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Shoulder Pain After Physical Therapy

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Shoulder Pain After Physical Therapy

A painful shoulder can be a real obstacle to daily living, preventing you from doing your daily activities and making you feel uncomfortable. Left untreated, the discomfort could escalate into other issues as well.

The shoulder joint is composed of an intricate network of moving elements. One crucial component, called “bursa,” contains small fluid-filled sacs that keep your shoulder joint lubricated. If this bursa becomes inflamed or irritated, you may experience shoulder pain relief through physical therapy treatment.

Shoulder injuries and conditions are unfortunately common, particularly among athletes, older adults, and those employed in jobs involving repetitive motions. They may present themselves suddenly or develop over time; however, most usually develop slowly over a period of time.

Injury or problems such as a torn labrum, rotator cuff tears or damaged tendon can occur. These injuries are difficult to diagnose and may require multiple treatments before recovery begins.

Physical therapists can help you manage your pain and maximize mobility. Your treatment plan will include an evaluation of your discomfort and movement patterns, manual (hands-on) therapy to reduce inflammation and pain, as well as strengthening exercises to restore range of motion and strength.

Your therapist will teach you the proper way to perform these exercises, so that they can be continued at home in order to prevent your condition from recurring. They’ll demonstrate various shoulder movements and suggest ideal sitting, standing, and sleeping positions that reduce strain on the joint.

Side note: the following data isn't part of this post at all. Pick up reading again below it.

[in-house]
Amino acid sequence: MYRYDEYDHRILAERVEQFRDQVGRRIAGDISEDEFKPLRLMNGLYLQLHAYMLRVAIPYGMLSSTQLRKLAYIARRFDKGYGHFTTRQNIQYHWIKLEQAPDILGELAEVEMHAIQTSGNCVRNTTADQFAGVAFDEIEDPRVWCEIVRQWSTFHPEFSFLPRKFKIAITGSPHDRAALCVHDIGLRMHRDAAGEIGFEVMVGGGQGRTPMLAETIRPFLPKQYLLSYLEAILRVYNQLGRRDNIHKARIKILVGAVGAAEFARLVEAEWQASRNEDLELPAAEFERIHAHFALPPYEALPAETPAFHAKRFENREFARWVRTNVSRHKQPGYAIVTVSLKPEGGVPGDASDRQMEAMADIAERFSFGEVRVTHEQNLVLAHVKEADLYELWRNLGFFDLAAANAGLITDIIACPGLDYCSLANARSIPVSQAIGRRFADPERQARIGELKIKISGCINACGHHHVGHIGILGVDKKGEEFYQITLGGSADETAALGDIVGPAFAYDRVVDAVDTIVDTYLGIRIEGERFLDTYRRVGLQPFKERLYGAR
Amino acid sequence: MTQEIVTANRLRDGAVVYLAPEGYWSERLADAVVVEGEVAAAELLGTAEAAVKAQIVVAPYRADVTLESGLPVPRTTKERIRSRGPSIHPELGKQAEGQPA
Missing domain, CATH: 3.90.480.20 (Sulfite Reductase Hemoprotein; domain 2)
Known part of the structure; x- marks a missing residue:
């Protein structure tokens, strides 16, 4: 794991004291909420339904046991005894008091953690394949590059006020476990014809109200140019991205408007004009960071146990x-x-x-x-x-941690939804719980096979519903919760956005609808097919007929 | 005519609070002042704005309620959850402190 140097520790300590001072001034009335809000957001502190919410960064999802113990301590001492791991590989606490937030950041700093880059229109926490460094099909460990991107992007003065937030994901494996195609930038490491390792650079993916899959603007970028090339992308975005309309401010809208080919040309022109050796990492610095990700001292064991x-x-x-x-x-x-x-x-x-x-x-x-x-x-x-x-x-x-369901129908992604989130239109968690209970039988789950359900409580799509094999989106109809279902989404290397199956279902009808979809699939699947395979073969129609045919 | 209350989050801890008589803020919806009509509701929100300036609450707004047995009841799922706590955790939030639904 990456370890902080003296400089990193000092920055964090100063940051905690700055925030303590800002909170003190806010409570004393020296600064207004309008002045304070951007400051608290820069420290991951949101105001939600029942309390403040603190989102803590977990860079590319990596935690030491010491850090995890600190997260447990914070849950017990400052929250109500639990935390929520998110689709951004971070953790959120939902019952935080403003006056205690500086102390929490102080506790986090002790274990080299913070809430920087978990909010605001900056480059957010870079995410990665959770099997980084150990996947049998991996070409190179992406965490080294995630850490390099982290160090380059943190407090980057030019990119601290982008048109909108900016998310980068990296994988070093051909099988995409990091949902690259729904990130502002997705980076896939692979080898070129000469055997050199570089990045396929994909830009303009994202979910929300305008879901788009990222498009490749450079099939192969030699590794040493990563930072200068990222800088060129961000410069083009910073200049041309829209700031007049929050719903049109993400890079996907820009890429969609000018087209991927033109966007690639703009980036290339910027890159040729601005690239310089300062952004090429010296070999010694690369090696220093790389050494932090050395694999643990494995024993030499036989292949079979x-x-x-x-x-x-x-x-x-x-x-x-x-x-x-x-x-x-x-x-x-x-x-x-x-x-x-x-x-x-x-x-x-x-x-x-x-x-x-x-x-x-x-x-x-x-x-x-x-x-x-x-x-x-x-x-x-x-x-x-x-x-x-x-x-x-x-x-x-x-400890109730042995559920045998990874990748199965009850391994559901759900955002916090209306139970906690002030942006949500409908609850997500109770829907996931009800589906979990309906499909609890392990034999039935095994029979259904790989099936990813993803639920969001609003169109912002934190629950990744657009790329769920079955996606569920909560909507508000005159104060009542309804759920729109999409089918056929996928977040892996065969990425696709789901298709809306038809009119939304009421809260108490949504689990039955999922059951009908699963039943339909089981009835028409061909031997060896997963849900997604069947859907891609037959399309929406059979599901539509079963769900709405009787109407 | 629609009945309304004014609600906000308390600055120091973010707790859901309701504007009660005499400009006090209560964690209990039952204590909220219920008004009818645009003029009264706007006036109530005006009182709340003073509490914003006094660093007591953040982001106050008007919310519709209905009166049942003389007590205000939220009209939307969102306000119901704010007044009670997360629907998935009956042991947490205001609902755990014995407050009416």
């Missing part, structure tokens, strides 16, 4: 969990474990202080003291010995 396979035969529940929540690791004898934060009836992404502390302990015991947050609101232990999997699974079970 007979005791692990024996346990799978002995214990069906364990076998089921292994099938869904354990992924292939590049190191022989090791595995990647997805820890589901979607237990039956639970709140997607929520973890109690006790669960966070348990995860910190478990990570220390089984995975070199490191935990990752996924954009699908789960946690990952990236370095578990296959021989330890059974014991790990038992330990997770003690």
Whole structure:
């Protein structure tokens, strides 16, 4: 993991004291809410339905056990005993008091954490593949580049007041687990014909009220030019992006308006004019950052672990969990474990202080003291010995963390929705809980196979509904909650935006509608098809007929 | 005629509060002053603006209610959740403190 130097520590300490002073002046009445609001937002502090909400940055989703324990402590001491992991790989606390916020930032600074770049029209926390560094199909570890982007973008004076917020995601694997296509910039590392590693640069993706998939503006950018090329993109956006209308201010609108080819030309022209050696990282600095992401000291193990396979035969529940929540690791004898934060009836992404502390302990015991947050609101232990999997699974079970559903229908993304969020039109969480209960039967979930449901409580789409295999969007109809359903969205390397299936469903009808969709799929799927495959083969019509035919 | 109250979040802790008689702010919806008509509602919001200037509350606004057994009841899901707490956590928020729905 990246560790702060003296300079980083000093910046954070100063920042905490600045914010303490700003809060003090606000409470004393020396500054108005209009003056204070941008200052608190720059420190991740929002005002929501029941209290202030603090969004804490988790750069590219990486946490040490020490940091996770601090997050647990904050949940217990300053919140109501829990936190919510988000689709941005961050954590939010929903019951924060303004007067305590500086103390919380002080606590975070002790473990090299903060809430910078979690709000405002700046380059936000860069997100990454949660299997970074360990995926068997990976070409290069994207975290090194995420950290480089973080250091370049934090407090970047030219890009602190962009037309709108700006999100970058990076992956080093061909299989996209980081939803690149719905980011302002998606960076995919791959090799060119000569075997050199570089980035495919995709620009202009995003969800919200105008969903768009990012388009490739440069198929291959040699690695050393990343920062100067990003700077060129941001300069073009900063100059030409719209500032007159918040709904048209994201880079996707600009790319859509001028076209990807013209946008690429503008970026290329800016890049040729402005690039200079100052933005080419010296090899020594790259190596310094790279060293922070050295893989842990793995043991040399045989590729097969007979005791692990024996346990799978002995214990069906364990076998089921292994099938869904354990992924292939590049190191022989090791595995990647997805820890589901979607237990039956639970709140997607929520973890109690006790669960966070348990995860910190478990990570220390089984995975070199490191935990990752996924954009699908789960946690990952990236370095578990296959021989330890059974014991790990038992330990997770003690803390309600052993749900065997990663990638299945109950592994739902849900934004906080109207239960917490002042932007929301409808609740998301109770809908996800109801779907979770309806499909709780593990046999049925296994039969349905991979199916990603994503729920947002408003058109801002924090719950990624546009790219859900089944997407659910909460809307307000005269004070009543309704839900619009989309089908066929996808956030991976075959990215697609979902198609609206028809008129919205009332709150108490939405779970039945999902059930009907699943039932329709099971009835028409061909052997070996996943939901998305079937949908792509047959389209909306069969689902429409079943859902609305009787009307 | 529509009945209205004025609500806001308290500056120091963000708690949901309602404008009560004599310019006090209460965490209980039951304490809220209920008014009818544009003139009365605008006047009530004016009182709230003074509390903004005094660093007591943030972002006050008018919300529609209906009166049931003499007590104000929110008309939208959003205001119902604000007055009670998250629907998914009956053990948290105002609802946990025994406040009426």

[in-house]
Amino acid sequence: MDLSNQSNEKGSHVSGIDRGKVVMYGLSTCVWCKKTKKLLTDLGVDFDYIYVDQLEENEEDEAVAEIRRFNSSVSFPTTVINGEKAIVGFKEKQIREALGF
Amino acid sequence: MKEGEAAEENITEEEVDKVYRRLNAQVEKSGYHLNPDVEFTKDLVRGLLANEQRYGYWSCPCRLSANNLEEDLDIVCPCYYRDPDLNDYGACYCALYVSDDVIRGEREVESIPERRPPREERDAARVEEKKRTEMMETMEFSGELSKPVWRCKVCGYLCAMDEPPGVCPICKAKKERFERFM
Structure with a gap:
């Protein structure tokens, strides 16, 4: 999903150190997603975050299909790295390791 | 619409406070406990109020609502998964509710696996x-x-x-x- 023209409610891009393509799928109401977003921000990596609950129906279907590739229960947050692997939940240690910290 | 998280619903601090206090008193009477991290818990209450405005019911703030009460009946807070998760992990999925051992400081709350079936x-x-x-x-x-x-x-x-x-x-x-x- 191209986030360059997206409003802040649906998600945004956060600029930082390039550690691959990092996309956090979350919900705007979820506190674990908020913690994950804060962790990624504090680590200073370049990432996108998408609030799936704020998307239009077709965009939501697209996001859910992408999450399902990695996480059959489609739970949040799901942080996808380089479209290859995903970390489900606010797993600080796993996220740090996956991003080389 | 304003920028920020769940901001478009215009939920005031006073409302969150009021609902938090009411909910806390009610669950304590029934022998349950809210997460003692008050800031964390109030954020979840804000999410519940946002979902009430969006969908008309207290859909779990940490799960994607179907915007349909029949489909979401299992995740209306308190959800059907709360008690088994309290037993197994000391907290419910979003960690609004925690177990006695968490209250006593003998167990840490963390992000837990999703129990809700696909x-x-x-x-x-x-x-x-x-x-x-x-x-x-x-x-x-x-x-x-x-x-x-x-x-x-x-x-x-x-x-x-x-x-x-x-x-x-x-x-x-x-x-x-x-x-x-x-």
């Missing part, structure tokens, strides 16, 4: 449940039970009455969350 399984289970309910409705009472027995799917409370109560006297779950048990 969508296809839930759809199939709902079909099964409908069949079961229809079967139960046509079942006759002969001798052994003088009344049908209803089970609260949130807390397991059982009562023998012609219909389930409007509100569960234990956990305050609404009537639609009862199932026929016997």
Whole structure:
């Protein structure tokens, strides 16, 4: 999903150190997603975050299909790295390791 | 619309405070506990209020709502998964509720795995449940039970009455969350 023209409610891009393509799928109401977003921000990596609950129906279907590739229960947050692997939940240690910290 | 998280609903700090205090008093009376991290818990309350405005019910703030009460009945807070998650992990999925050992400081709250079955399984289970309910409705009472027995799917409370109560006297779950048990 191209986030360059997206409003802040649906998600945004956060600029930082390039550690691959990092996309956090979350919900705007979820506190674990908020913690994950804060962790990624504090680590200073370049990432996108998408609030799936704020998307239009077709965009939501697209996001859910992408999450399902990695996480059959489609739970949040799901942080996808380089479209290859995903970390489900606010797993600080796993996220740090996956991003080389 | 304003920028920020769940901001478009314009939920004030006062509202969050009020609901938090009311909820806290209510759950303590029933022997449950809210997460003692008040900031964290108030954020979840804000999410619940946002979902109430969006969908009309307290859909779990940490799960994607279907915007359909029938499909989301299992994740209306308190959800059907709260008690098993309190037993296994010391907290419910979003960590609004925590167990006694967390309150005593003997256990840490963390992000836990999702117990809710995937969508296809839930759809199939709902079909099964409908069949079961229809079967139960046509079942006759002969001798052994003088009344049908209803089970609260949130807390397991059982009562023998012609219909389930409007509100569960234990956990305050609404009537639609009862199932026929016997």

Physical therapy can be a great way to relieve your shoulder pain and get back to living life fully. The key is staying patient with the therapist’s instructions.

Your therapist will first perform a physical exam to identify the source of your shoulder pain. This involves palpating (feeling) around the area to detect tenderness and identify any potential treatment areas. After conducting such an extensive assessment, they can decide on an effective course of treatment to reduce inflammation and restore function in your arm.

Your therapist will then administer a series of tests to measure your range of motion, strength, and coordination. This helps them pinpoint where the pain is most intense so they can create an individualized treatment plan tailored specifically for you.

Your therapist may use manual techniques, such as soft-tissue massage, Astym(r) therapy and shoulder stretches, to treat the tissues surrounding your shoulder and help move it into position that reduces pain and increases range of motion. They may also prescribe a program of range-of-motion exercises, strength training exercises and therapeutic modalities like ice or heat to reduce inflammation and encourage healing.

Once your physical therapist has addressed pain, strength and mobility issues, they can begin functional training to get you back up to your usual activity level. This may include activities such as throwing, catching a ball or performing household tasks. Based on their assessment and goals, your therapist will assist in accomplishing these tasks safely and efficiently. Your therapist will continue monitoring progress throughout the process and making necessary adjustments to exercises as needed.

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